Canada's national parks are overflowing with visitors
Concerned citizens want Parks Canada to consider visitor quotas.
Because of their tremendous appeal, the number of tourists flocking to Banff, Jasper, and Waterton National Parks has reached overwhelming proportions. Parking lots are overflowing, hiking paths are crowded, and the entire experience of visiting these parks is not nearly as fun as it should be, nor is it good for the park. As Leyland Cecco writes in The Guardian,
"With the increased foot traffic comes more wear on the trail systems, more frequent encounters with wildlife, more trampling of delicate ground and more garbage."
Parks Canada has been working to attract visitors in recent years through advertising and development, but critics say the efforts have gone too far. Peter Zimmerman of the Canadian Parks and Wilderness Society is calling on Parks Canada to consider implementing visitor quotas that are focused on key sensitive areas, such as Moraine Lake. Park officials are trying to reduce congestion by encouraging the use of shuttles and advising visitors about peak busy times, but the vast majority of people still come in private vehicles.
Quotas have been introduced at a number of popular tourist sites around the world, such as the Alhambra in Spain, Cinque Terre in Italy, and the Forbidden City in Beijing. Other places restrict the total number of people at any given time, such as 3,000 in the Colosseum, 15-minute admissions to Pompeii, and only 24 people allowed at a time to view Da Vinci's "The Last Supper" painting.
Quotas can be problematic because they get snatched up immediately by online watchers.
One thing that's for sure, focusing on developing Canada's national parks will not improve the situation -- if 'developing' means building more tourist attractions. If anything, it makes it easier for tourists to come, observe, and leave, participating in the industrial-style tourism that does so much harm to the planet.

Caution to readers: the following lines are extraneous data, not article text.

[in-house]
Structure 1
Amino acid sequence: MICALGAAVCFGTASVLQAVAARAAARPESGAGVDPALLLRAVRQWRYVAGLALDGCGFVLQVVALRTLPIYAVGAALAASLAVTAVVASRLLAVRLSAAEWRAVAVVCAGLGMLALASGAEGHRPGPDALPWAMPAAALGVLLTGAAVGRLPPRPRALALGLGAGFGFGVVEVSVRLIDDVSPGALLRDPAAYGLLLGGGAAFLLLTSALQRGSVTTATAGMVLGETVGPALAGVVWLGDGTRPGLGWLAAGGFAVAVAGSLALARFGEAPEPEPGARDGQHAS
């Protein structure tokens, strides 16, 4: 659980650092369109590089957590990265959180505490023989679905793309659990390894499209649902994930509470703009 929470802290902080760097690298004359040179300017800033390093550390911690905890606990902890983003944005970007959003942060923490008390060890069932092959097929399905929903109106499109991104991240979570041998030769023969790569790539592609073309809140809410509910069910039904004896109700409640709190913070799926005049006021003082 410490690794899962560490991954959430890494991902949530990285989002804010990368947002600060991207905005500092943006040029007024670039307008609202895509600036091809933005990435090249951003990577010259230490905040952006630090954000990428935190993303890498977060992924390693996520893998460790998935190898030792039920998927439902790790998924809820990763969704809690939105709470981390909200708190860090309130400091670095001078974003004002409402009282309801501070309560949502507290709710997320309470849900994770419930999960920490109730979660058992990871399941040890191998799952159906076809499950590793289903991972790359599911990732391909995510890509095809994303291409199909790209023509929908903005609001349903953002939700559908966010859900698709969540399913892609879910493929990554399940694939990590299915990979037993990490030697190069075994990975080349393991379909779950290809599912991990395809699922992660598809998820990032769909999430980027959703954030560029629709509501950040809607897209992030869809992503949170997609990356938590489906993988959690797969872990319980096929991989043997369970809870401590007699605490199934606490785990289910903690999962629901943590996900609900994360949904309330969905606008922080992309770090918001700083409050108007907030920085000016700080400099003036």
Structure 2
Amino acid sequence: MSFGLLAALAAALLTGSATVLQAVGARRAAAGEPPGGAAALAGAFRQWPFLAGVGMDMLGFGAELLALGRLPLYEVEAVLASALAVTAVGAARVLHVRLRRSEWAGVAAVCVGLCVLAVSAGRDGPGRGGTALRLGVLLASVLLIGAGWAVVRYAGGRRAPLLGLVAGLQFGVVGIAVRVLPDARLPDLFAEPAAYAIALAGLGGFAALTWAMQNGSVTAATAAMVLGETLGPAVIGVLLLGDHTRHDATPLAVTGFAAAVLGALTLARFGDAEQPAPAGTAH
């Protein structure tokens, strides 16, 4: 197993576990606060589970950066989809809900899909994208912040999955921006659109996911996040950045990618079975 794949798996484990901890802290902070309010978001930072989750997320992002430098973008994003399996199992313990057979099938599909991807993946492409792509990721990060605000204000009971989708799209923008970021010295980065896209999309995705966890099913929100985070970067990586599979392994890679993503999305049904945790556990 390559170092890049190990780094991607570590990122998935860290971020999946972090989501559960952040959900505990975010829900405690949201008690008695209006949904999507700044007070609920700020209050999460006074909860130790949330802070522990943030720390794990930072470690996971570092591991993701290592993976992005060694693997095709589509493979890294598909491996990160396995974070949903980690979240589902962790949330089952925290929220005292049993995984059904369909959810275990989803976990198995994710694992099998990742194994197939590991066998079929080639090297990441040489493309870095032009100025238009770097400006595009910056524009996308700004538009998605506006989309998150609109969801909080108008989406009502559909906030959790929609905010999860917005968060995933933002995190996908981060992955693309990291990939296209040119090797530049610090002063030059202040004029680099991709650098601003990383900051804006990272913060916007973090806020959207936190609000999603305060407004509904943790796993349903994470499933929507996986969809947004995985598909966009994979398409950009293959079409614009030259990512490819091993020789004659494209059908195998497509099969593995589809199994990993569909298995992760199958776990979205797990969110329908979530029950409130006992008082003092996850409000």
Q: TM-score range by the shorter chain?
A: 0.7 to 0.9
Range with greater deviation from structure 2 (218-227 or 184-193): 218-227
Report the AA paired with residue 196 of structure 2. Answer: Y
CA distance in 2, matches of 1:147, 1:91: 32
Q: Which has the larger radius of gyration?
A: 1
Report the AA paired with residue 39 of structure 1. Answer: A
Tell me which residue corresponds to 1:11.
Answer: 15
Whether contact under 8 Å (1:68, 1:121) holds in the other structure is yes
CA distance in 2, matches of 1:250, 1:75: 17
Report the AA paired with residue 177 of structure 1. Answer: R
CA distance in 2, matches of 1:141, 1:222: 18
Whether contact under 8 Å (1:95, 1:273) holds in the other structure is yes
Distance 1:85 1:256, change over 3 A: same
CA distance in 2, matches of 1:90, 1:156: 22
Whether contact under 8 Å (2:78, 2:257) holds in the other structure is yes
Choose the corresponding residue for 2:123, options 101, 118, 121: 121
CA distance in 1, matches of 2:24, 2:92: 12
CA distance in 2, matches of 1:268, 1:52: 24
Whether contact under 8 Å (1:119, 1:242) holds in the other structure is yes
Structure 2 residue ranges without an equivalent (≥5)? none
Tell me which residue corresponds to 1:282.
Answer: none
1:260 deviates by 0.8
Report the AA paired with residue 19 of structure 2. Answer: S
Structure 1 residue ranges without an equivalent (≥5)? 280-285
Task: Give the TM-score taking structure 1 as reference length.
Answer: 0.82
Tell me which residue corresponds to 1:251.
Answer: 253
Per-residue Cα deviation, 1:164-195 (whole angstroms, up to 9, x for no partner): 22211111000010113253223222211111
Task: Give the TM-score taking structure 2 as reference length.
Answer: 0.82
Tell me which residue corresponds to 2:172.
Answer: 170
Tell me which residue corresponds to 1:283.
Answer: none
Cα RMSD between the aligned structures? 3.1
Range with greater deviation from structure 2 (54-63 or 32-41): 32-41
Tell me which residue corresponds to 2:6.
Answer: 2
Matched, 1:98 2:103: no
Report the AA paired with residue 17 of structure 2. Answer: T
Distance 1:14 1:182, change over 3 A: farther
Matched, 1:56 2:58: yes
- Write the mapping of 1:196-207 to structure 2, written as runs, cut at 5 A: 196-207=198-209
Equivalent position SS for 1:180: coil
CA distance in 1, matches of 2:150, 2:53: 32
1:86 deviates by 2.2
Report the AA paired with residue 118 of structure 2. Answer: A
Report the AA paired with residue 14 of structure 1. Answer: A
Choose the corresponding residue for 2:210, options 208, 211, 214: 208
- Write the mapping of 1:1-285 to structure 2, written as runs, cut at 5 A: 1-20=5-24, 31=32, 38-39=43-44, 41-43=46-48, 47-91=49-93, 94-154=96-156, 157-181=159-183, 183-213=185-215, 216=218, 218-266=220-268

There is an impressive number of fancy activities one can do in Banff and Jasper without setting foot on the ground, such as the Glacier Skywalk, numerous gondola car rides, the Jasper SkyTram, and ice explorer vehicles traversing the (melting) Athabasca Glacier. One might argue that these tourist attractions lessen environmental impact by keeping people contained, and they are obviously beneficial to visitors with limited mobility, but I do think they contribute to the commercialization of a region that should not be commercialized.
Another example is Sunshine ski resort's recent request to expand within Banff National Park. It wants to build a parkade to accommodate an additional 2,500 visitors per day, but as the Calgary Sun reports, this makes little sense:
"It would look like you're going into a major airport. It's only needed for about 50 days a year, so it would sit empty for over 310 days of the year. The parkade isn't the right solution because it would block the flow of wildlife."
Fighting the surge in tourism may feel at odds with a desire for incessant growth, but it's necessary if we hope to preserve national parks for future generations. One thing is for sure: we don't want Canada's national parks to become like Maya Bay, the famous Thai beach that has just been closed indefinitely due to environmental damage caused by excessive tourism.
Quotas are just one part of that fight, but visitors should be encouraged to go in the off-season and to other places. (In fact, the highlight of my Rockies trip was visiting Kootenay National Park, which felt empty compared to Banff.) In Canada we are incredibly lucky to have easy access to nature all around. You don't have to go far to get into the wilderness.
Last word goes to Zimmerman:
“I know that Parks Canada is preserving the areas so that my kids can go, and their kids can go. But if you think of the parks and ecosystem as an orchestra, the more people you jam into the theatre, at some point, you overwhelm the musicians and you won’t hear the music.”